The World Health Organization has said the deadly flu has “pandemic potential.” Governments the world over are racing to find and contain pockets of swine flu. The European Union is advising against unnecessary travel to the U.S. and Mexico.
Dr. Andrew Garrett, the director of planning and response at Columbia University’s National Center for Disaster Preparedness and the Mailman School of Public Health, joins Martin Savidge to discuss the threat posed by swine flu, how the disease spread from Mexico and how long it might be before it is brought under control.
Daniel Hernandez, a writer based in Mexico City, describes the atmosphere in the city, noting that many are wary of the government:
The metro is still operating but with hardly its normal level of weekend traffic. Public gathering spaces are closed or nearly empty — that includes art openings (most of them), museums, movie theaters, and soccer matches. Unbelievably, schools will be closed until “at least” May 6, the health secretary has announced, raising the fear factor considerably.
That’s at least 10 total weekdays of no classes for more than 6 million students at all levels. To put things in perspective, the last time classes were shuttered for days on end was during the apocalyptic Mexico City earthquake of 1985.
[…]On Saturday, while the top brass at the WHO convened an emergency meeting in Geneva, soldiers in Mexico City were passing out face-masks at traffic stops, metro stations, and plazas. A militar in fatigues handed me a mask upon entering metro Bellas Artes, but it fell apart before I could even get on a train. On board, passengers eyed one another suspiciously and made every effort to avoid contact with strangers.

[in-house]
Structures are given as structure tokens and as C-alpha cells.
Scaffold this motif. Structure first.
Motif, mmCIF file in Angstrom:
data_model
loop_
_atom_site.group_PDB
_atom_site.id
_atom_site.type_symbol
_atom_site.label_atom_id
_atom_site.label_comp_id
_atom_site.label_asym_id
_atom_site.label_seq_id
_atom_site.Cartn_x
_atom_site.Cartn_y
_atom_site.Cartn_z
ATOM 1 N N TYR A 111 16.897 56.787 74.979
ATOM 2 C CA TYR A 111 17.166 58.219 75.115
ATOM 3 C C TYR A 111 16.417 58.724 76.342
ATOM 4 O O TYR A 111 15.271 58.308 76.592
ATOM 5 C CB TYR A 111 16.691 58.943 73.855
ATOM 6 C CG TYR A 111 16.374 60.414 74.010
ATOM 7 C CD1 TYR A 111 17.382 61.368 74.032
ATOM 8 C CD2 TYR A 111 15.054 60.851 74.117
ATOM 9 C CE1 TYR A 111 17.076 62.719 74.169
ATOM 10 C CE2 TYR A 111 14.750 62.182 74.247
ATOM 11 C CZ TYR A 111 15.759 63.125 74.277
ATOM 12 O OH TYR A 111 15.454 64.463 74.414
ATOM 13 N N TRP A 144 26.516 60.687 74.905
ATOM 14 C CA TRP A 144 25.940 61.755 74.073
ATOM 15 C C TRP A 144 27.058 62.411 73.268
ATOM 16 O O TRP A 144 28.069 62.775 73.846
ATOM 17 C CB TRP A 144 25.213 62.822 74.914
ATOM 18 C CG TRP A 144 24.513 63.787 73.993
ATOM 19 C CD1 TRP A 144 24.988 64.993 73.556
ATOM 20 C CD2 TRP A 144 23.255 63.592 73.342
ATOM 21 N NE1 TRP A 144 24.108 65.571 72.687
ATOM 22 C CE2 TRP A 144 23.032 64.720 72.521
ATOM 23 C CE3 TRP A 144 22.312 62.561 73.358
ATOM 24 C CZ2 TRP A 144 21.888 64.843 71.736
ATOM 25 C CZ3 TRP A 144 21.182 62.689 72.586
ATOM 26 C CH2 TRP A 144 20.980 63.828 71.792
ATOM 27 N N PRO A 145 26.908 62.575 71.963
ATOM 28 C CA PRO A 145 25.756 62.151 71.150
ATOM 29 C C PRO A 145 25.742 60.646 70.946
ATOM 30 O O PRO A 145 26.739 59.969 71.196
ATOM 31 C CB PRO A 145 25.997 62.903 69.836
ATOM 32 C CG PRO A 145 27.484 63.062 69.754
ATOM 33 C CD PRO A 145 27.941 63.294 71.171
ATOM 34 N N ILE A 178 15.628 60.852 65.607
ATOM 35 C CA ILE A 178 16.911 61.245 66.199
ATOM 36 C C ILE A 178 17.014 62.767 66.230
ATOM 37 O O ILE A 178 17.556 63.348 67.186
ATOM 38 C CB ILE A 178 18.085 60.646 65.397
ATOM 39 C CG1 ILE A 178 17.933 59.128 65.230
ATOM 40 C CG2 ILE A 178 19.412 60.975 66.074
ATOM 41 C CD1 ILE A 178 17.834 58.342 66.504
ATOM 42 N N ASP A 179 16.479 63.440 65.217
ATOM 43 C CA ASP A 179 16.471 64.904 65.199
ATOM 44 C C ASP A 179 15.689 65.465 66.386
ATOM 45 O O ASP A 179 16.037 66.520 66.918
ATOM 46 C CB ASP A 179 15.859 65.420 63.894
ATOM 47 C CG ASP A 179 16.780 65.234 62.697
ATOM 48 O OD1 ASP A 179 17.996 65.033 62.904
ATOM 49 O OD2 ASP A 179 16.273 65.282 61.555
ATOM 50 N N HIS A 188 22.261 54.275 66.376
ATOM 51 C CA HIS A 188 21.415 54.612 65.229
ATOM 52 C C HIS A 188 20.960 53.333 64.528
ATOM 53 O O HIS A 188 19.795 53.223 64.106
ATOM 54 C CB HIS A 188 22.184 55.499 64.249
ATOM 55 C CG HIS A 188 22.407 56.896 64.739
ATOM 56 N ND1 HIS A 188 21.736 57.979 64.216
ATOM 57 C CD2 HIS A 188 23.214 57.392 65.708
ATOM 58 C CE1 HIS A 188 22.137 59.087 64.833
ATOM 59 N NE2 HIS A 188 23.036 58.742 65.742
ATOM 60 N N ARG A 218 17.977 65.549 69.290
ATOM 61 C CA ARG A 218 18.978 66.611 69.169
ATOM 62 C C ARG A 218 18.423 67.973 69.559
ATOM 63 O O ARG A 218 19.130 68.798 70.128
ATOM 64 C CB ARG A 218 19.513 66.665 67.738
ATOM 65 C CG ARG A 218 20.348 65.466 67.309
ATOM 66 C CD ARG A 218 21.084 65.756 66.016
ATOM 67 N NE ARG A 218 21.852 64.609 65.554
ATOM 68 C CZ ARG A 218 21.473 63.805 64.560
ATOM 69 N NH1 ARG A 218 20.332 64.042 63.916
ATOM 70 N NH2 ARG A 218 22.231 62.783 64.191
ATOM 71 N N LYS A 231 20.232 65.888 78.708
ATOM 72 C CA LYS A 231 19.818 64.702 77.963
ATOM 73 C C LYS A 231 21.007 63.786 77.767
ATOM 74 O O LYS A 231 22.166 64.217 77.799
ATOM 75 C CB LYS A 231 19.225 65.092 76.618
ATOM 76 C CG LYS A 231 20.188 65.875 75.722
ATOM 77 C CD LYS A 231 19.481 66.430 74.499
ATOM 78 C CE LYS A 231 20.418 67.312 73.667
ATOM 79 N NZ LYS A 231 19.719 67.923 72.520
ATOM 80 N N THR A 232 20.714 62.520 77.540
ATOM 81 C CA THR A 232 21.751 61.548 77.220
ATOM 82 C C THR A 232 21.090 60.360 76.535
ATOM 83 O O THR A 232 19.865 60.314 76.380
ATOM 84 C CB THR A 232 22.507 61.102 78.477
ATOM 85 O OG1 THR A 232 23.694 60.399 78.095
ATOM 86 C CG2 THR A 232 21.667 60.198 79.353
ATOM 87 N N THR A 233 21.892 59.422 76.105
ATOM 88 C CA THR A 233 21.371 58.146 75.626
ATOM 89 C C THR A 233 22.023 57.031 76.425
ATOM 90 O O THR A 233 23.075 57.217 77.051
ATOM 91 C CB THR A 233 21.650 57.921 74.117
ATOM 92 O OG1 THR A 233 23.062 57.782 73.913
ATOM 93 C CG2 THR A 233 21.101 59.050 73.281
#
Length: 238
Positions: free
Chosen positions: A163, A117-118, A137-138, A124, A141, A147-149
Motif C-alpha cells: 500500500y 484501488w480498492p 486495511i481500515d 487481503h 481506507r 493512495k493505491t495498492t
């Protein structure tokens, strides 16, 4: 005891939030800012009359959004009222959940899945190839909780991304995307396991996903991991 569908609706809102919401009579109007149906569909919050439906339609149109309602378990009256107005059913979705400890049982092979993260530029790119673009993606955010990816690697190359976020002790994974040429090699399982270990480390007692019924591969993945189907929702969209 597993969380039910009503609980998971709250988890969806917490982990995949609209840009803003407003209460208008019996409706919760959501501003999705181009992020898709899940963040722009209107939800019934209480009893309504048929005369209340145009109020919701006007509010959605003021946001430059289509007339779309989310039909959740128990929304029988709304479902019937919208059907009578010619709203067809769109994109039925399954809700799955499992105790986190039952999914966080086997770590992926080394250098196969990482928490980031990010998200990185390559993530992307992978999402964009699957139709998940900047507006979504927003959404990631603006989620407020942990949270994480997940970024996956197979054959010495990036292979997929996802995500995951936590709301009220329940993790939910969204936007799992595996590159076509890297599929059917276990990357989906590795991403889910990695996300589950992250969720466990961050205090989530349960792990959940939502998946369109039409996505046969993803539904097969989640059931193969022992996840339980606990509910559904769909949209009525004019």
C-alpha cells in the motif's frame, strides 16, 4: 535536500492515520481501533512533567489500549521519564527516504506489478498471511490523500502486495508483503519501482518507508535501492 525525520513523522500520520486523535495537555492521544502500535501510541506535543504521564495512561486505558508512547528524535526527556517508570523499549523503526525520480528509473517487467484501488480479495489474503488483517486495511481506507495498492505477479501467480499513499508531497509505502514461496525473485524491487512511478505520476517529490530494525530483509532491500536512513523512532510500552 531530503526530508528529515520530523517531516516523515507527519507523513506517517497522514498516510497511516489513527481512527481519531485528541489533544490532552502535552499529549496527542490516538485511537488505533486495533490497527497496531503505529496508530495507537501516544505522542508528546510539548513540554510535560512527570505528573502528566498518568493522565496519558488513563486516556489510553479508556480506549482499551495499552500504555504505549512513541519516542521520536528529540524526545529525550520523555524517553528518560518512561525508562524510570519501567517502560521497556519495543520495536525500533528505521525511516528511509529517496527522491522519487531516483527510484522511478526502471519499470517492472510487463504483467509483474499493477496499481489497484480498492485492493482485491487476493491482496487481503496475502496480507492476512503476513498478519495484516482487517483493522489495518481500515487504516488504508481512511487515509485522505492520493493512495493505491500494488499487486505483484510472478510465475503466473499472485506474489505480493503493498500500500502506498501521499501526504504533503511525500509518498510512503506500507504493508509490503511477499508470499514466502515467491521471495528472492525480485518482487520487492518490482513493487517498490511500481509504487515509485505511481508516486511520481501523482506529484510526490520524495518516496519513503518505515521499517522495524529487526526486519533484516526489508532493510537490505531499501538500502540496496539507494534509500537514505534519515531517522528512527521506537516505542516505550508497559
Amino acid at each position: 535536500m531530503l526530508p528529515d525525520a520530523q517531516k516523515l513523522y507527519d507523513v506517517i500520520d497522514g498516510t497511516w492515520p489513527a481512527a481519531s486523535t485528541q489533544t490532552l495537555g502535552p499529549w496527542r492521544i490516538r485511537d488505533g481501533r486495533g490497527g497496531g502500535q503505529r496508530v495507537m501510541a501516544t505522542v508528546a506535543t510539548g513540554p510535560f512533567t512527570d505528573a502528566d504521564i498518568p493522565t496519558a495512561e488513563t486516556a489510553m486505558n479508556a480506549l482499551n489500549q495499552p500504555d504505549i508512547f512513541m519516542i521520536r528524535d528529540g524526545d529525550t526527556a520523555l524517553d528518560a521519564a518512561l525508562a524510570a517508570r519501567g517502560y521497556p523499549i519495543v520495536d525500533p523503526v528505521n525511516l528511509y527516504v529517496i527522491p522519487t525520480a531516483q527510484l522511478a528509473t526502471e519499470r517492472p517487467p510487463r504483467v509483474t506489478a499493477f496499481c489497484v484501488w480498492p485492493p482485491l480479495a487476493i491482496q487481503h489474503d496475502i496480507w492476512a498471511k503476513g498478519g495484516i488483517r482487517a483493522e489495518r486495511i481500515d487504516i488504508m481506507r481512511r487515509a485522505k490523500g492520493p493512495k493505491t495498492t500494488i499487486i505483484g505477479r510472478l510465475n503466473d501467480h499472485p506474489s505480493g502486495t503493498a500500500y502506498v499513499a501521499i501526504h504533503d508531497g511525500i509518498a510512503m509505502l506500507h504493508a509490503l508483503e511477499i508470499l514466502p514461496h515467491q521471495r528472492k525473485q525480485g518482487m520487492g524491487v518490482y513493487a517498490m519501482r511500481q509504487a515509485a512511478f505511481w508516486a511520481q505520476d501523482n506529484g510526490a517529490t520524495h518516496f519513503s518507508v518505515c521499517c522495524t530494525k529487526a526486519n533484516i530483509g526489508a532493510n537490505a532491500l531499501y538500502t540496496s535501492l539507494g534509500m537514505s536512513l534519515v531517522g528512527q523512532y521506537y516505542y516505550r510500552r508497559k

Now, this is the sort of atmosphere some of us have most feared, health worries aside: An already heavy-handed federal government in Mexico issued an ominous decree on Saturday, saying it reserves the right to hold and quarantine anyone, enter and search any public or private establishment, and more or less do whatever it deems necessary to stop the virus from spreading.
Which makes you wonder if this is really Mexico’s “worst nightmare.”
Deborah Bonello in Mexico points out that there are economic costs to the outbreak:
I was out shooting all day in downtown Mexico City Sunday, trying to get a sense of how the swine flu outbreak is affecting local businesses.
It’s bad. With schools closed, as well as cinemas, theaters and museums, sales for some vendors have dropped by as much as 70%. And it doesn’t look like things are going to get better anytime soon. The usual Monday morning traffic crawl was nowhere to be seen this morning, and I arrived at my office door to door in less than 20 minutes.
About half the people walking around on the streets are using masks, around half are risking it.
Why are governments around the world waiting for this to get out of hand?
I personally know of persons in my workplace here in Canada that have recently returned from Mexico. Why haven’t governments contacted everyone who may have traveled in or out of Mexico in the last few weeks and get them tested.
Isn’t this scenario one of the biggest excuses from governments for tracking of travellers, RFID passports, etc.?